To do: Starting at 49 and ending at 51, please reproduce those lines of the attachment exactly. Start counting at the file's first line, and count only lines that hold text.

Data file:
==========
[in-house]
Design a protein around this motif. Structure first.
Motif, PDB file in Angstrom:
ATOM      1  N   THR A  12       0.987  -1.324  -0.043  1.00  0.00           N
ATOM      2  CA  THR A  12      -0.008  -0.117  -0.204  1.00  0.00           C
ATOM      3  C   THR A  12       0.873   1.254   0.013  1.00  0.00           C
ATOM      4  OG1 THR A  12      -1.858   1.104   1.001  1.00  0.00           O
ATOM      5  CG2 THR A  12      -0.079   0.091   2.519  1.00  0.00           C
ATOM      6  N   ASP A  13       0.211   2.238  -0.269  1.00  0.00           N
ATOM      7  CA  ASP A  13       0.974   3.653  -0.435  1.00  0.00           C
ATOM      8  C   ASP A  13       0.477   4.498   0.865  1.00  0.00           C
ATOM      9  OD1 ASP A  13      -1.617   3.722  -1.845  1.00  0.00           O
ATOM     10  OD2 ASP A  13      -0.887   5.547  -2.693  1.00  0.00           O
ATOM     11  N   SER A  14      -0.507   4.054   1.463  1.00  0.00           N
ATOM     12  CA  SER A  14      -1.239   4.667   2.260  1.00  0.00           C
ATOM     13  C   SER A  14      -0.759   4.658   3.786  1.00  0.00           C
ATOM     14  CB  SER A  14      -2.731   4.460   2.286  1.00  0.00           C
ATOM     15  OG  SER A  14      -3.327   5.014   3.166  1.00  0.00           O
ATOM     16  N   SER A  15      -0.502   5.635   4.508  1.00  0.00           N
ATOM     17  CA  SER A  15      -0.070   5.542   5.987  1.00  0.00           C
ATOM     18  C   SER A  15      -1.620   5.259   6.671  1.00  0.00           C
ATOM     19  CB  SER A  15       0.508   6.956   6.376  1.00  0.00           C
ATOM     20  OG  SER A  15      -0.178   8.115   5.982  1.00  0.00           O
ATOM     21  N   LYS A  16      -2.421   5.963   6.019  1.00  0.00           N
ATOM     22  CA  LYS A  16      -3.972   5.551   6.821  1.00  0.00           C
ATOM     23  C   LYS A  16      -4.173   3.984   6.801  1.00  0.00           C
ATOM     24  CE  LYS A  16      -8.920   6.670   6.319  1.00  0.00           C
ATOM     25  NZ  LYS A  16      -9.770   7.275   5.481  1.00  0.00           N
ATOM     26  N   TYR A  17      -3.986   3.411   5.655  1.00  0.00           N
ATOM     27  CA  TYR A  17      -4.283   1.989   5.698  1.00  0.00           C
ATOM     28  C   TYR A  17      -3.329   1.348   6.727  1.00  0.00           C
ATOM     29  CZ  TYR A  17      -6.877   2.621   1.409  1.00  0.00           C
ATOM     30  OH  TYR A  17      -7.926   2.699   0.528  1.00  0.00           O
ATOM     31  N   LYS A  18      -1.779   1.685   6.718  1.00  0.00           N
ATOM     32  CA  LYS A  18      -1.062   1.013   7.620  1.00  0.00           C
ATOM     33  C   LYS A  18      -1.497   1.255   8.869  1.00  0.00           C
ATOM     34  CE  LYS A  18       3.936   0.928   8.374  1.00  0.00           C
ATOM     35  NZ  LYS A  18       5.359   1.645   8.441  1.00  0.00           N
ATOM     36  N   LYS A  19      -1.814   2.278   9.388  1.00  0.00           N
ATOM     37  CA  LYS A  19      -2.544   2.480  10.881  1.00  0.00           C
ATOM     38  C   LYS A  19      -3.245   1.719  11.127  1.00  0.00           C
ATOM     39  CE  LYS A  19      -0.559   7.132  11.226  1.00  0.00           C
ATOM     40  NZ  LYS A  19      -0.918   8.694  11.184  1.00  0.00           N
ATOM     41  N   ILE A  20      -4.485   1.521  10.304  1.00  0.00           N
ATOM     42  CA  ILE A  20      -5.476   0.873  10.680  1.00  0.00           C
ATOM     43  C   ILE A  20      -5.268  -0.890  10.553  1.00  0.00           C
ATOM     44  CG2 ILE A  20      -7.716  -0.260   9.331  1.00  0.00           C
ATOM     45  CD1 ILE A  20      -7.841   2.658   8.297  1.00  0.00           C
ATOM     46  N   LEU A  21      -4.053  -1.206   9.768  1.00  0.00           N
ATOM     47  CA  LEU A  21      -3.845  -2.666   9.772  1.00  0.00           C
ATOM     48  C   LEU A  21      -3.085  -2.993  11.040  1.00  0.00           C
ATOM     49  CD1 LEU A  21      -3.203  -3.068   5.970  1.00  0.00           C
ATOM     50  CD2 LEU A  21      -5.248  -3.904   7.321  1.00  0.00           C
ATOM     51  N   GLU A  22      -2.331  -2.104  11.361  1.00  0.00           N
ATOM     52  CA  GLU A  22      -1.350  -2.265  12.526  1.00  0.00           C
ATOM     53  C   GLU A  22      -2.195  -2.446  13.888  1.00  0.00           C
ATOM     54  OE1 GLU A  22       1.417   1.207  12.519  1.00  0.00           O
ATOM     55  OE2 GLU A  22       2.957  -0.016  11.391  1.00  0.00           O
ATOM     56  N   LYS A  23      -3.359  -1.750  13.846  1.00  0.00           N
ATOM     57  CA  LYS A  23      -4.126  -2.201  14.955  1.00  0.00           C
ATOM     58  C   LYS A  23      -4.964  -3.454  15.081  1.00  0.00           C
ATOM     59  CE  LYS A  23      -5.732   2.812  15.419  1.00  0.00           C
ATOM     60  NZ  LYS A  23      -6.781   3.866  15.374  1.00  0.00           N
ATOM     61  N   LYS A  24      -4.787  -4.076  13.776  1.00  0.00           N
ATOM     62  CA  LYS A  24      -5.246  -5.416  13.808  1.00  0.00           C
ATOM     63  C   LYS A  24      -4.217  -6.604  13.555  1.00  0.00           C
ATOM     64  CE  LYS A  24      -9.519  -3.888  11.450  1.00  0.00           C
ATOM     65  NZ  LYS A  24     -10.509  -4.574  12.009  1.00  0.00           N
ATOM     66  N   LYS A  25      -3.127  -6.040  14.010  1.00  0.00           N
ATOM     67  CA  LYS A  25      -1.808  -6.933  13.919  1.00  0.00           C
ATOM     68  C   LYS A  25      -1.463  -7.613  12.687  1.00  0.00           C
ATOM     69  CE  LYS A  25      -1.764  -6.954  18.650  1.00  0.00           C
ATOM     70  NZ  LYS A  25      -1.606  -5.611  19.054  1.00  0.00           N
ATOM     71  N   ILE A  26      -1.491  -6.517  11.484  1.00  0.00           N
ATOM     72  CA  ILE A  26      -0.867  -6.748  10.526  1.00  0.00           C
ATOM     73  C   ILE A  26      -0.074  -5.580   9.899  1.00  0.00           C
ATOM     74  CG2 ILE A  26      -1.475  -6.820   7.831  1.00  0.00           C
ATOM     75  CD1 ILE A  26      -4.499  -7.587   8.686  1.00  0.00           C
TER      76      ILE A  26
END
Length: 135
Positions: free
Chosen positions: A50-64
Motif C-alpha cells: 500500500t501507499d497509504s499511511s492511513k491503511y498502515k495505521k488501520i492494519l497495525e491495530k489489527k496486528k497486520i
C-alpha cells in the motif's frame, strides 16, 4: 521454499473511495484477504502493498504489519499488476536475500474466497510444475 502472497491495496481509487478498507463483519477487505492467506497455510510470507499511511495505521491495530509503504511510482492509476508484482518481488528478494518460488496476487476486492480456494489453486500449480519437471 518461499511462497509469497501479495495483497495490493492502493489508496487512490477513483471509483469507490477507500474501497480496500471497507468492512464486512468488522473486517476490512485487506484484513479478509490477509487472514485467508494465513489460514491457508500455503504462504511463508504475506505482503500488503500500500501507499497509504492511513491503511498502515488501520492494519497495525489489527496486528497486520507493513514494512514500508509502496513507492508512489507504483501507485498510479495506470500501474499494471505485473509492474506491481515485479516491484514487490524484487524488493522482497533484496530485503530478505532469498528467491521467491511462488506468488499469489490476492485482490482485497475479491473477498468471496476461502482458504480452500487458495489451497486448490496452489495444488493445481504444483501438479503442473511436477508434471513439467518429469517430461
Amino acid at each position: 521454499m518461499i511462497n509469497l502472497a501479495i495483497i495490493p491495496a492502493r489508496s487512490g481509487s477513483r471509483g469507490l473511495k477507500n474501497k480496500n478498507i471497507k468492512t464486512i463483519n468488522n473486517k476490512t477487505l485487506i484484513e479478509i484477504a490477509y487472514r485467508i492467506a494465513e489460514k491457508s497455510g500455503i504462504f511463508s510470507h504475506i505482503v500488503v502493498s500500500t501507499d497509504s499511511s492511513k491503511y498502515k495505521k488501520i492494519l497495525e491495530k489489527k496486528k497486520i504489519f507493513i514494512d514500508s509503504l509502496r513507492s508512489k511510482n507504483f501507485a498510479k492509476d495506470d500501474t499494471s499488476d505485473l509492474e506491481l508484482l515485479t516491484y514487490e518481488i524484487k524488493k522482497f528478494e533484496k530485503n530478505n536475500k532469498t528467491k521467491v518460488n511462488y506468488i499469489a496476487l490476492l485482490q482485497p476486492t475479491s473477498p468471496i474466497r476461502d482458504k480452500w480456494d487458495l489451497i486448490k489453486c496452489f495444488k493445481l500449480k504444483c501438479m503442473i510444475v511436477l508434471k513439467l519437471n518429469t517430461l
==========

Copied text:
ATOM     46  N   LEU A  21      -4.053  -1.206   9.768  1.00  0.00           N
ATOM     47  CA  LEU A  21      -3.845  -2.666   9.772  1.00  0.00           C
ATOM     48  C   LEU A  21      -3.085  -2.993  11.040  1.00  0.00           C